In The Tragedy of MacBeth, Lady MacBeth has strong id characteristics, and is not well balanced because her superego is severely out-weighed by her id. The id, superego, and ego are the
3 parts of a person’s psychological make up, according
to Freudian psychology. Freud explained that the id is the part of the personality that demands basic needs and fulfillment, the selfish
characteristics. The id tries to attain fulfillment through such things like sex, money, power, etc. Lady MacBeth is a perfect example of this because although she might feel guilty about it later, her id gets the best of her. She wants more power, and will do anything to get it. Being thane of Glamis and Cawdor is not enough for her, she wants to be the queen too.
Another part of the psychological make up is the superego, the force that is supposed to “cancel out” the id in a balanced person. The superego is the selfless force inside that does things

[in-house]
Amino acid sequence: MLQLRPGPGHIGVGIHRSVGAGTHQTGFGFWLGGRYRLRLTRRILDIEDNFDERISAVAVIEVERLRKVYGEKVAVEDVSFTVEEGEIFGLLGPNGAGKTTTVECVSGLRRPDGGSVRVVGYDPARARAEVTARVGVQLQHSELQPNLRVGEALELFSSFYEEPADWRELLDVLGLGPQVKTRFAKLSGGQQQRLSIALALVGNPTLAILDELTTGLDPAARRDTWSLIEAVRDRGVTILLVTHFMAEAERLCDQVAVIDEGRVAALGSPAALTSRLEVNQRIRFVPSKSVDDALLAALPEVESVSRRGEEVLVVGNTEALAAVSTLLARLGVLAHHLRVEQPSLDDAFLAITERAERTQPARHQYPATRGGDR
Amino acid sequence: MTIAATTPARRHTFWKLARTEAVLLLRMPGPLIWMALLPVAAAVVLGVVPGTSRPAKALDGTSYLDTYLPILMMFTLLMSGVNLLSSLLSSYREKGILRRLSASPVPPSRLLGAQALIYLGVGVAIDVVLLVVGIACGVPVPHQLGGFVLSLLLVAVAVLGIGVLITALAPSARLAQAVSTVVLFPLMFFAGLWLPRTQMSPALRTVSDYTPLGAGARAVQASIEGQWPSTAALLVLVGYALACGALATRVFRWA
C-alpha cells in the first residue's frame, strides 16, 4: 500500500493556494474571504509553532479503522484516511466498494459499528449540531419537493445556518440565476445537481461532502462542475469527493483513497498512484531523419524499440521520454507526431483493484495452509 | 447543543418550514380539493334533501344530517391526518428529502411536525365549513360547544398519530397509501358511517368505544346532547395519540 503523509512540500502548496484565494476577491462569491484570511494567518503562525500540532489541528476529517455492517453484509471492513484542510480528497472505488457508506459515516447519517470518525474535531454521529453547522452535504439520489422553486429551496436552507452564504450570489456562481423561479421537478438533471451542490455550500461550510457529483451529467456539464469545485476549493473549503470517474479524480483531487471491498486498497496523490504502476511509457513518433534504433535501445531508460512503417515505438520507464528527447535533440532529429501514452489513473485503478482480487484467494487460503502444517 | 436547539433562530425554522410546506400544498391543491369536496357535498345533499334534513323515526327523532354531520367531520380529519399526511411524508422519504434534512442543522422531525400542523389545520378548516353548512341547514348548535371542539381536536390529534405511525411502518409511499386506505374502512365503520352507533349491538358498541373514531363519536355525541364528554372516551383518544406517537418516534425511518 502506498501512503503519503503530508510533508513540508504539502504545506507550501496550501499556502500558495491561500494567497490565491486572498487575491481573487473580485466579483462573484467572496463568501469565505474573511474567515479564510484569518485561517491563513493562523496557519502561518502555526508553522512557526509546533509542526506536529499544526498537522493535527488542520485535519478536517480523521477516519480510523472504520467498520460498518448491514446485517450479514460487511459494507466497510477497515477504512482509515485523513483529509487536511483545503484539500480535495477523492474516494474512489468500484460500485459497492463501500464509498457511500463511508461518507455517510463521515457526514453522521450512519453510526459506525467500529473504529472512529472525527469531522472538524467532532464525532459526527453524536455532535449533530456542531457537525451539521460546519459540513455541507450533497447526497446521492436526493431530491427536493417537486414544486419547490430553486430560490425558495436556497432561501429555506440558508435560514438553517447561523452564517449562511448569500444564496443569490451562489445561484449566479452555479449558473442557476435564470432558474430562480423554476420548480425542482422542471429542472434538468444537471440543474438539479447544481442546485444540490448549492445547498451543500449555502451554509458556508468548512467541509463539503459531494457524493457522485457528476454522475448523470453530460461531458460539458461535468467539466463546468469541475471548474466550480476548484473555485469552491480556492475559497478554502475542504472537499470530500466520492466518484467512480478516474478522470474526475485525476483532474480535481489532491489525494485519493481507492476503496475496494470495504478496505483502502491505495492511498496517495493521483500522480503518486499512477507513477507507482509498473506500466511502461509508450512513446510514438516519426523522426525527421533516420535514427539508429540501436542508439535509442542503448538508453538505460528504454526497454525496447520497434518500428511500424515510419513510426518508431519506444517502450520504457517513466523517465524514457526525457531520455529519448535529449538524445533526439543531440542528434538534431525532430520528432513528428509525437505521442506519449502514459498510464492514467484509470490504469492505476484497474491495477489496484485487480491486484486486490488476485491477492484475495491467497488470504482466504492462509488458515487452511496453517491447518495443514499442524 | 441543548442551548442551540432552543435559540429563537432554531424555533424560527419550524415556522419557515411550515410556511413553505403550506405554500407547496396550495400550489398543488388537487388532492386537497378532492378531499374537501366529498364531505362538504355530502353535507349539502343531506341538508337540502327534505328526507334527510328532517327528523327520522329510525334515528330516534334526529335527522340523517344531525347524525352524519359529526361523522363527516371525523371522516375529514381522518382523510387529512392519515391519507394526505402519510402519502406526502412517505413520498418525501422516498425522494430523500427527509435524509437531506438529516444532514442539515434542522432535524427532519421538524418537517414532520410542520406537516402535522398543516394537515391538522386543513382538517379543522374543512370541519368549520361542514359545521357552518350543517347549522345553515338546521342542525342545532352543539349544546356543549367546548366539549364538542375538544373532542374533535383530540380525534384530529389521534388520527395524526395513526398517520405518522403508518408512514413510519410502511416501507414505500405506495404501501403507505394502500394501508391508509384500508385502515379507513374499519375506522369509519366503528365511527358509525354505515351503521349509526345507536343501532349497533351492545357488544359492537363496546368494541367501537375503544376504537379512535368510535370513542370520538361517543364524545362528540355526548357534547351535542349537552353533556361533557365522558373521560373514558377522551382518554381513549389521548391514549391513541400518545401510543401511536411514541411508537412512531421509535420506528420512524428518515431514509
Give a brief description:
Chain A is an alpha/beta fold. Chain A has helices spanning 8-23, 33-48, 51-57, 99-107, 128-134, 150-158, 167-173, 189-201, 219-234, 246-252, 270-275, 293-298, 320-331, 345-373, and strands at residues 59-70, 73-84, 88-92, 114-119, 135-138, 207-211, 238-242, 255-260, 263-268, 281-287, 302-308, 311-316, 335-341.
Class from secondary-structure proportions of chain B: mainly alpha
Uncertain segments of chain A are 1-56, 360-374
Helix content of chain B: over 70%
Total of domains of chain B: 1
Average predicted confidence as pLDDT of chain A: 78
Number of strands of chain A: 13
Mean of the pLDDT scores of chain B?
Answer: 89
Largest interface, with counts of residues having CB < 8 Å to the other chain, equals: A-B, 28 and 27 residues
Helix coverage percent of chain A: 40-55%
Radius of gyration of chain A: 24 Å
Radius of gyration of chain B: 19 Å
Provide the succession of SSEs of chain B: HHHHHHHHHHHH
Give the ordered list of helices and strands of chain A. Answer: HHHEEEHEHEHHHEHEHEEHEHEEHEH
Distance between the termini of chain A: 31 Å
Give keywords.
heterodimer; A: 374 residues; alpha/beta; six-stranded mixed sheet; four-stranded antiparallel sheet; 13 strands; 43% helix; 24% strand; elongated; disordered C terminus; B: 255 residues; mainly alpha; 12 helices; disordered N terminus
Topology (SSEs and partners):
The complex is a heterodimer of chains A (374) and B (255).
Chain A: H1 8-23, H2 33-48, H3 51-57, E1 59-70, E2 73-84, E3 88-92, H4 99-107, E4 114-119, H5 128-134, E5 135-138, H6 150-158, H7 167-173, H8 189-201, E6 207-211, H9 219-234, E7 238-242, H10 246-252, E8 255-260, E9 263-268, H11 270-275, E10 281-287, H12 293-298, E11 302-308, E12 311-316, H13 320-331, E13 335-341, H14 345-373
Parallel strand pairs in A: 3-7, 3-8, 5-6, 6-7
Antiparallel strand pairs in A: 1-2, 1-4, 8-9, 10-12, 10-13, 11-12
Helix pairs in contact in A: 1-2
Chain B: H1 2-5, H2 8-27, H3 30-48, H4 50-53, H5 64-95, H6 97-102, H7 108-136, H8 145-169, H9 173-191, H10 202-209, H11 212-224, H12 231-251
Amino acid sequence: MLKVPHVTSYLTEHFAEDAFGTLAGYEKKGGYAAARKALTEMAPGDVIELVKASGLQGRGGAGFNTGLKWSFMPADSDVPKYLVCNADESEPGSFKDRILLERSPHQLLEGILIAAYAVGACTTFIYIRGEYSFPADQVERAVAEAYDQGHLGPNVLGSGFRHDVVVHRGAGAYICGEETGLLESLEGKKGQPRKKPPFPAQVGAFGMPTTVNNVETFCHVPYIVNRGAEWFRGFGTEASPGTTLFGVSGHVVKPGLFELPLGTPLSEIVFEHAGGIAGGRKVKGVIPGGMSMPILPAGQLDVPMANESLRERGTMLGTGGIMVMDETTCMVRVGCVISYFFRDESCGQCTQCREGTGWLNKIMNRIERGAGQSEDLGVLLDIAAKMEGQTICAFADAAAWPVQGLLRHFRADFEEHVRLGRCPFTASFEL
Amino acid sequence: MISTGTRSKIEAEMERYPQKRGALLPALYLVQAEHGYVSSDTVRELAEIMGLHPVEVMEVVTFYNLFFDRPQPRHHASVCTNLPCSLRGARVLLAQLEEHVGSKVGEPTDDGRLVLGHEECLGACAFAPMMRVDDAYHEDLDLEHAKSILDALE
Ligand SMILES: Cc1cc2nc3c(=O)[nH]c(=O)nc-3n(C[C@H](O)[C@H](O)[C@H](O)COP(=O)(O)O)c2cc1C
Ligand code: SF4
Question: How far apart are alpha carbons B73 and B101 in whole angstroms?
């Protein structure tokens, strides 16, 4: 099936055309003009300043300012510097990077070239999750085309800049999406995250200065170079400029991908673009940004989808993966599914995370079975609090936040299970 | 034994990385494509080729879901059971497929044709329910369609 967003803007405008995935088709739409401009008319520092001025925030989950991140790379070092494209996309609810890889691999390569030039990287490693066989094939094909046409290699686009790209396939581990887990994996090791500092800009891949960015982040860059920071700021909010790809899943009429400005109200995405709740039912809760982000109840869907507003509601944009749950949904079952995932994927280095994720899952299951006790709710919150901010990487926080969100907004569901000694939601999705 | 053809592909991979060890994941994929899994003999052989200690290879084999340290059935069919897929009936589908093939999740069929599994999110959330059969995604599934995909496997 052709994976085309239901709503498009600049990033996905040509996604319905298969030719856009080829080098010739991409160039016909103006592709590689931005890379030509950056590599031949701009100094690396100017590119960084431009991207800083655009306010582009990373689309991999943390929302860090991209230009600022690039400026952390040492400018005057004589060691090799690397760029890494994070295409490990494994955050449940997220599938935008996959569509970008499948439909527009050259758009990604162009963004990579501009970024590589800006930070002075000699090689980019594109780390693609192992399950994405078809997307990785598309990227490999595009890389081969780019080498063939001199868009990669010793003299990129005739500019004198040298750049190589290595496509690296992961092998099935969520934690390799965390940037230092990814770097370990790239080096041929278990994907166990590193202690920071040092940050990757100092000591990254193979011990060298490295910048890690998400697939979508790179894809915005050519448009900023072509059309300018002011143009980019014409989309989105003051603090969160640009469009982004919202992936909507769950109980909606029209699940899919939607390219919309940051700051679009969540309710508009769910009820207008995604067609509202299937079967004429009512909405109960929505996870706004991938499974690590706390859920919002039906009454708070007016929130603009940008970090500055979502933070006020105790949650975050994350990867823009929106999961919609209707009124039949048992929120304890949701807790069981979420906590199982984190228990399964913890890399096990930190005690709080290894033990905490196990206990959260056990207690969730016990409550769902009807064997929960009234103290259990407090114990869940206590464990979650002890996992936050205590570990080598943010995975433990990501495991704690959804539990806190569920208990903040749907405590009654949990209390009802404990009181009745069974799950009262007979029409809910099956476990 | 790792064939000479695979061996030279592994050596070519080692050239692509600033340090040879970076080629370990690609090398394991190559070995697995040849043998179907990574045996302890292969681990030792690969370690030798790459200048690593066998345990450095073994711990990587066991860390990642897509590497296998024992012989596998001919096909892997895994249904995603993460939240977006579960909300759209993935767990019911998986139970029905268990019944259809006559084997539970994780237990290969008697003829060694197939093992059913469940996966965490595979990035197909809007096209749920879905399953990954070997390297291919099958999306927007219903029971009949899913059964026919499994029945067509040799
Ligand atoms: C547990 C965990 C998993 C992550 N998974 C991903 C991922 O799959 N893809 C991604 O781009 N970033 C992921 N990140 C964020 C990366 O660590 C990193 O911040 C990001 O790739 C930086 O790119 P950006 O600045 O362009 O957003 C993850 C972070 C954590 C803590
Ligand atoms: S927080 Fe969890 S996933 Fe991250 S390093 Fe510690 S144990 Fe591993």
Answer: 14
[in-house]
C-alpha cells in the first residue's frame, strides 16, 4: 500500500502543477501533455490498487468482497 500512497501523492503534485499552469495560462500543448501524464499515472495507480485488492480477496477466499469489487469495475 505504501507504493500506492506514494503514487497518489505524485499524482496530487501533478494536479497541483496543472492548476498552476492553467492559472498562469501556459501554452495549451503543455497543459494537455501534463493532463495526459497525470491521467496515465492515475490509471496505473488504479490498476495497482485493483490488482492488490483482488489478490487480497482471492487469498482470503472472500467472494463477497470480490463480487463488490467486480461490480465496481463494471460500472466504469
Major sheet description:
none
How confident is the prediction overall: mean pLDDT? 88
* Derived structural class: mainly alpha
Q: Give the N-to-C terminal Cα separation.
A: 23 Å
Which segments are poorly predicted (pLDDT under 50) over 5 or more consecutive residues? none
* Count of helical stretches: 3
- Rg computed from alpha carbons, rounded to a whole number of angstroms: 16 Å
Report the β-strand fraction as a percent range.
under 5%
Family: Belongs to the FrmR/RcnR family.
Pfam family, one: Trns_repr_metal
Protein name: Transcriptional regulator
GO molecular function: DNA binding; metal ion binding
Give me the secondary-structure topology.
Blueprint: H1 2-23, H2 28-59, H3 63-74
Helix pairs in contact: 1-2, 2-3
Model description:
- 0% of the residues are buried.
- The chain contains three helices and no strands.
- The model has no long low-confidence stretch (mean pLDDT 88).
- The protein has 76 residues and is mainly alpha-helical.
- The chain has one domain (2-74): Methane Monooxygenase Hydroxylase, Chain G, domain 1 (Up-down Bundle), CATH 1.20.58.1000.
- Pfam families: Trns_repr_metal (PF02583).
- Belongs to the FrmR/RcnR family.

for others, and sometimes shows guilt. One’s conscience is them feeling their superego inside. Her superego is almost non-existent, but it is evident at one point in the play. The only time that it is
shown is when she can’t actually kill King Duncan herself because he looks too much like her father. She said, “Had he not resembled my father as he slept, I had done it.”
The fact that Lady MacBeth does not have a balance eventually leads to her downfall. The id, ego, and superego are supposed to be at balance in a peron, but in Lady MacBeth’s case, the id completely makes up her entire character. One main idea from the play is “Blood gets blood,” and no character does it describe better than Lady MacBeth. Her tragic flaw is her need for power, and the means she will take to get it. [continues]
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